She spoke with a quiet determination that told me her words were the outcome of a thought-out decision. I knew at once the prudent counsel of parents had prevailed against her love. I scorned to plead my cause against such.

“You are right,” I replied slowly. “I cannot gainsay such an opinion. At your own wish all is ended between us. Good-bye, Mavis, good-bye!”

A moment later the house was closed for ever on a man who fifteen minutes previously entered it with the joy and confidence of an accepted lover. … The intervening years that lay between that day and this are smirched and darkened by the hideous incidents that occur in the life of a man who, hopeless of achieving any good, probes the lowest depths of life in search of oblivion and respite from the gnawing sense of failure that is ever at him.

The Maid.

They think me soured. Possibly I am. For a woman young as I cynicism is certainly an unattractive trait. None know it better than I, and the knowledge is bitter, even though at times I set to the world a smiling face. I have tried to regain my faith in my fellows and failed. I understand now that it is only the exceptional man who lives and works for others. The average one works selfishly for the self that from birth to death rules him. Women are taught to look on men as superior to all the paltry weaknesses that assail their own sex, and yet men pay to, and gain the love of a woman merely to satisfy the petty vanity of their nature. This much I have proved beyond uncertainty. There are times when doubt will come whispering to me—then, coolly and calmly, I go over that night we last met. I cannot bear sight of that muslin dress that became me so well, and I wore it that night to look my best, because he was coming. Even as he entered the room I knew the labour of dressing accomplished nothing. It was not in him to feel interested in the attire of the woman he professed to love. Directly he stepped on the verandah I saw the dark, sullen look on his face, as though duty, not pleasure, brought him to me. …. The ease with which he acquiesced in my remarks concerning the breaking-off of our engagement makes my blood boil, even after this length of time. Possibly he came to me with that intention. Perhaps—but why should I here in loneliness give a thought to the man who in going to the bad has but returned to the ways that his heart loves best. …… Years have gone since then, years darkened by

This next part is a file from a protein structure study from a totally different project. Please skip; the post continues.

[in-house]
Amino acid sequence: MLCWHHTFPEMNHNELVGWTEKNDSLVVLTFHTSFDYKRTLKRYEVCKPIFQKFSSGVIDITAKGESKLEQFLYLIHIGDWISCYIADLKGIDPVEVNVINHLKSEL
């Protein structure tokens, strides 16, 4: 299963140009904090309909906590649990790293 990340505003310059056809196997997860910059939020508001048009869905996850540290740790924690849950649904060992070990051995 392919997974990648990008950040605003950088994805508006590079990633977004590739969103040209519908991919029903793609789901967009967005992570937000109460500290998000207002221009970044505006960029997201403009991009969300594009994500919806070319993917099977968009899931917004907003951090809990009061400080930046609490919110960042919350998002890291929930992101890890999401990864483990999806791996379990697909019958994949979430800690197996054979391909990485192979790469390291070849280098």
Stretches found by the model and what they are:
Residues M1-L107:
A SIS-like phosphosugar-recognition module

― 166 ―